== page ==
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Intellectual demands pay dividends in retirement

May 13, 2008
by anonymous
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Don’t be so quick to complain about your demanding job. An interesting study from Duke University Medical Center found an intellectually demanding job

Don’t be so quick to complain about your demanding job.

 

An interesting study from Duke University Medical Center found an intellectually demanding job that nurtures thinking may result in better cognitive abilities during retirement, regardless of one’s intelligence, education level, or age.

 

While the study authors admit the intellectual and physical demands of your job are not the largest factor influencing brain-power as we age, I find it interesting that they posit a number of smaller influences (like an intellectually demanding job) can accumulate to later influence cognitive functioning; something akin to a savings account for your brain that you fill with intellectual deposits your entire life and can withdraw as needed when you get older.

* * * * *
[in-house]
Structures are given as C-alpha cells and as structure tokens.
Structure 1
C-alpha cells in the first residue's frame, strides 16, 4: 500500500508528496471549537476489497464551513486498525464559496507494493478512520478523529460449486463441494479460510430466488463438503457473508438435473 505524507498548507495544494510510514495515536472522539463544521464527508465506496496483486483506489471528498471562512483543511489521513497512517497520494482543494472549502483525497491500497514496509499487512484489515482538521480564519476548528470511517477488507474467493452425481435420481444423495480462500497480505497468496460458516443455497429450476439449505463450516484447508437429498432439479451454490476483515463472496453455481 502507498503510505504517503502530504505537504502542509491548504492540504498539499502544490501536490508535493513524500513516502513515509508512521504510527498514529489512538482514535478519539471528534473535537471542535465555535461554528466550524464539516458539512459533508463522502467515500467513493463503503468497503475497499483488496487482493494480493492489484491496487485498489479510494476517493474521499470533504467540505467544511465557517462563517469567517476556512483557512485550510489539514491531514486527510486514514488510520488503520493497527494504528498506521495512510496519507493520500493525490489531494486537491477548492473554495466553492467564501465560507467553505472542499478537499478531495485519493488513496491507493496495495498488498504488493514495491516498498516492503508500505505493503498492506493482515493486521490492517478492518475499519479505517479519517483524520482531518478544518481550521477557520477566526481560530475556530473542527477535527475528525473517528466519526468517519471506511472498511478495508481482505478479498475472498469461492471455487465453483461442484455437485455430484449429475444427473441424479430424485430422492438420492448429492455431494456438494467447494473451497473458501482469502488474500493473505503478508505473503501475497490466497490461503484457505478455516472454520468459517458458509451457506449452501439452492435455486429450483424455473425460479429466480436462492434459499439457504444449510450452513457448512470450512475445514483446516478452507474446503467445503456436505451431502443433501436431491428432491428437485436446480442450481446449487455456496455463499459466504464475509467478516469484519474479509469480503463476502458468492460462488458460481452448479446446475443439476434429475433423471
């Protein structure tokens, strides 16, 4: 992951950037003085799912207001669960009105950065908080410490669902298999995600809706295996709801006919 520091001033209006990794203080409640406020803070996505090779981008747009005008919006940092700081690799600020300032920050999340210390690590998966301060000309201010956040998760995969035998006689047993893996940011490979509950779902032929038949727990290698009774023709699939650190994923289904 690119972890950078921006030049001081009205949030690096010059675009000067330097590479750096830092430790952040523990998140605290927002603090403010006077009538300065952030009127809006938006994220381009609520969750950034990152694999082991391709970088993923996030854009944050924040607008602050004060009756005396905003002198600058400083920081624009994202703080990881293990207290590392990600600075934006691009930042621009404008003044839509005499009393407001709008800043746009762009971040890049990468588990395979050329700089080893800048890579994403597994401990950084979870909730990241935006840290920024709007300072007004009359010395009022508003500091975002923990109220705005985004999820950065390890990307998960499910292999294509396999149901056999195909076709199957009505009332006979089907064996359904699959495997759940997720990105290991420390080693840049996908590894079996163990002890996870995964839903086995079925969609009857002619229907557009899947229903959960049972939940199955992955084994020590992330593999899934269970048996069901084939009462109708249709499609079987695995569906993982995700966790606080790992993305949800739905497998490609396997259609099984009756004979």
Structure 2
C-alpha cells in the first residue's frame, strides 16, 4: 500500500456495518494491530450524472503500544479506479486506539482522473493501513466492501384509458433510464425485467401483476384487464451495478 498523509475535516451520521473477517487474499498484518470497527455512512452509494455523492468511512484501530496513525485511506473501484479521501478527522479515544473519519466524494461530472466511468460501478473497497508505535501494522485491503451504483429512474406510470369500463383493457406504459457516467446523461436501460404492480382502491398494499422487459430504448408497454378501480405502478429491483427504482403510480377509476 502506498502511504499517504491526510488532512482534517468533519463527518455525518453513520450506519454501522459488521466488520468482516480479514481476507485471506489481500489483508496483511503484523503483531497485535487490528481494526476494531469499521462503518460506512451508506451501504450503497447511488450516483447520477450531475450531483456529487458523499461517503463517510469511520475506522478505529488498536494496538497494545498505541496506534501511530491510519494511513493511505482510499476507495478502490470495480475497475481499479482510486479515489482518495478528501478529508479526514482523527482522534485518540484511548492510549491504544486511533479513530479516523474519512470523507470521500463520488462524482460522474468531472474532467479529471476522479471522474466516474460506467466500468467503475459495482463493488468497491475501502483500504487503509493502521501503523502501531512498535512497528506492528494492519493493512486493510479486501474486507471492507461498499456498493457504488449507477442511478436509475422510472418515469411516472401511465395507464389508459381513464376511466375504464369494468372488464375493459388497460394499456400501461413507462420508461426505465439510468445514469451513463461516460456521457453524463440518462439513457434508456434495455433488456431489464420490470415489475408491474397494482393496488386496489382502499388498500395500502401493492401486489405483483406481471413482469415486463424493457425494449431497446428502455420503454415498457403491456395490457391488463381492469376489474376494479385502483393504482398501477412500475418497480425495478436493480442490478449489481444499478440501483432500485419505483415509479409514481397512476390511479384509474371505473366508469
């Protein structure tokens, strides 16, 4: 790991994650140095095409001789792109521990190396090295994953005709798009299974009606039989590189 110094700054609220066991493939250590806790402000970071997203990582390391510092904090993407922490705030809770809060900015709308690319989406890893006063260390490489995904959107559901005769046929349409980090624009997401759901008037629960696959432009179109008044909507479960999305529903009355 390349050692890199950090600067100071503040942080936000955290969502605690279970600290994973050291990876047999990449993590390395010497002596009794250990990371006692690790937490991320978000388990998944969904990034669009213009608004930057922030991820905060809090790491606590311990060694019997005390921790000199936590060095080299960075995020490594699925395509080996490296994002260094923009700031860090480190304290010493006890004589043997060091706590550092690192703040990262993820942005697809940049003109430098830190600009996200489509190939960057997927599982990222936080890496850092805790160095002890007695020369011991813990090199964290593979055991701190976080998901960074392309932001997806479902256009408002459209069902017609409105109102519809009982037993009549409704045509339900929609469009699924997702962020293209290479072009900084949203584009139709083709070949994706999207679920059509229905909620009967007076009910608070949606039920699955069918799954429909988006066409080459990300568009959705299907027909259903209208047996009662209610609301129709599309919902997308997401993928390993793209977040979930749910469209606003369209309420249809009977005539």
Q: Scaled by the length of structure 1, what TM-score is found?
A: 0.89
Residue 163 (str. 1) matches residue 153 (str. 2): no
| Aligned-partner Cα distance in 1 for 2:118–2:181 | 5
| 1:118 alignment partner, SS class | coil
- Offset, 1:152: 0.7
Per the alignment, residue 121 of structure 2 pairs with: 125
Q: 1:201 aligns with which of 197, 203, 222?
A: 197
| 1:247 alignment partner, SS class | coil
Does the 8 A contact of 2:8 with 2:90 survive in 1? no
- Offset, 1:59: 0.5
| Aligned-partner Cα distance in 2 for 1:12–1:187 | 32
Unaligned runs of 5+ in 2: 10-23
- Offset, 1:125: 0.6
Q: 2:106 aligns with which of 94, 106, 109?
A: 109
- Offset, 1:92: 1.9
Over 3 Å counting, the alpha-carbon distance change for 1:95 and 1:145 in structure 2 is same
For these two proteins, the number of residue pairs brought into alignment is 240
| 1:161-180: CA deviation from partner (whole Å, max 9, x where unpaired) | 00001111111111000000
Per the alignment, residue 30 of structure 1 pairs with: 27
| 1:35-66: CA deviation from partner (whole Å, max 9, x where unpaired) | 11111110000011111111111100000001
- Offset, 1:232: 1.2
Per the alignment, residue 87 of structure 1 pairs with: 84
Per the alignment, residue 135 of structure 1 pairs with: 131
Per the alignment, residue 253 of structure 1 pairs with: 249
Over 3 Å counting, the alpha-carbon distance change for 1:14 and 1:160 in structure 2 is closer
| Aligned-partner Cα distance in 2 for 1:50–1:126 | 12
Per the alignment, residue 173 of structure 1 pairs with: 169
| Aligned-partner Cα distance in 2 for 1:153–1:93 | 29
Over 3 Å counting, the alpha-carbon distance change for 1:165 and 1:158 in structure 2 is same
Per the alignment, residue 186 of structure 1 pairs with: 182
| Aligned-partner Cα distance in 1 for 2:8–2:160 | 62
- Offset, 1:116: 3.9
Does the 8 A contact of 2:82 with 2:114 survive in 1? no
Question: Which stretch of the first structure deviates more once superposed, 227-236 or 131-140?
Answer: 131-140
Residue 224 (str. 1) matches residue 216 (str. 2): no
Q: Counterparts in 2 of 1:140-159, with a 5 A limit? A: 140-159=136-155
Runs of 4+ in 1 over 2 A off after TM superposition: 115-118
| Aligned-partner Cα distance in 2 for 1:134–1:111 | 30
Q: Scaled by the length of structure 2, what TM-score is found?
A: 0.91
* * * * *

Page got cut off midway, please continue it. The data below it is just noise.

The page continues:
According to HealthDay, the Duke researchers found that cognitive benefits associated with intellectually demanding jobs were greatest among people who had lower scores on intelligence tests in their youth, while physically demanding work was associated with a decrease in cognitive performance later in life.

 

It’s comforting to know all the hours you put in on your job as administrators, owners and directors of nursing, and all the daily decisions you make that may call on every ounce of intellect and experience you have, are leaving a little deposit in your “brain account” that may keep your brain sharper longer.

 

I don’t know about you, but studies like these jumpstart my resolve to keep pushing myself, especially mentally, to keep learning and to not shy away from things I know nothing about. Granted, it may be a case of delayed gratification, but the reward my come at a time when I need it the most.

Maureen Hrehocik

Executive Editor

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anonymous (not verified)